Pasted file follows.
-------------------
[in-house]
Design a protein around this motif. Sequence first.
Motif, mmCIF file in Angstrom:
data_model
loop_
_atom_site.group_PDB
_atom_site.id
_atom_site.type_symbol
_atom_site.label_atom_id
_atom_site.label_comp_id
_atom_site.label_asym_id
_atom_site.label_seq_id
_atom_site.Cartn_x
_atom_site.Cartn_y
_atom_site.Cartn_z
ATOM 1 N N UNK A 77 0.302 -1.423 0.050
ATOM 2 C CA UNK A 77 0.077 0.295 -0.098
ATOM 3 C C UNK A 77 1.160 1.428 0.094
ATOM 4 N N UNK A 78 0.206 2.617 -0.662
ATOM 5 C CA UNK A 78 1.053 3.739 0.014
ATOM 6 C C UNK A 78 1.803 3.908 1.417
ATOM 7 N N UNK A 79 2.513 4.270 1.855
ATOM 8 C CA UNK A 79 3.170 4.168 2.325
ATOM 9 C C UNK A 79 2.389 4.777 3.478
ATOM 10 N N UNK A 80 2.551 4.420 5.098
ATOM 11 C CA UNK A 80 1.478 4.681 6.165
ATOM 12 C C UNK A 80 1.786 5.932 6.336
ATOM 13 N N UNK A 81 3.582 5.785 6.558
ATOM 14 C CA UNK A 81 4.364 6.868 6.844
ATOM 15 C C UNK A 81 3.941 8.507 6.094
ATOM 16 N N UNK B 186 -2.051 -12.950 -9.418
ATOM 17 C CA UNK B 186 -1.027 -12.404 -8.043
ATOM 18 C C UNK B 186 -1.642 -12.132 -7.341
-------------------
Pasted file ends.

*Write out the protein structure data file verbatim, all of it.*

[in-house]
Design a protein around this motif. Sequence first.
Motif, mmCIF file in Angstrom:
data_model
loop_
_atom_site.group_PDB
_atom_site.id
_atom_site.type_symbol
_atom_site.label_atom_id
_atom_site.label_comp_id
_atom_site.label_asym_id
_atom_site.label_seq_id
_atom_site.Cartn_x
_atom_site.Cartn_y
_atom_site.Cartn_z
ATOM 1 N N UNK A 77 0.302 -1.423 0.050
ATOM 2 C CA UNK A 77 0.077 0.295 -0.098
ATOM 3 C C UNK A 77 1.160 1.428 0.094
ATOM 4 N N UNK A 78 0.206 2.617 -0.662
ATOM 5 C CA UNK A 78 1.053 3.739 0.014
ATOM 6 C C UNK A 78 1.803 3.908 1.417
ATOM 7 N N UNK A 79 2.513 4.270 1.855
ATOM 8 C CA UNK A 79 3.170 4.168 2.325
ATOM 9 C C UNK A 79 2.389 4.777 3.478
ATOM 10 N N UNK A 80 2.551 4.420 5.098
ATOM 11 C CA UNK A 80 1.478 4.681 6.165
ATOM 12 C C UNK A 80 1.786 5.932 6.336
ATOM 13 N N UNK A 81 3.582 5.785 6.558
ATOM 14 C CA UNK A 81 4.364 6.868 6.844
ATOM 15 C C UNK A 81 3.941 8.507 6.094
ATOM 16 N N UNK B 186 -2.051 -12.950 -9.418
ATOM 17 C CA UNK B 186 -1.027 -12.404 -8.043
ATOM 18 C C UNK B 186 -1.642 -12.132 -7.341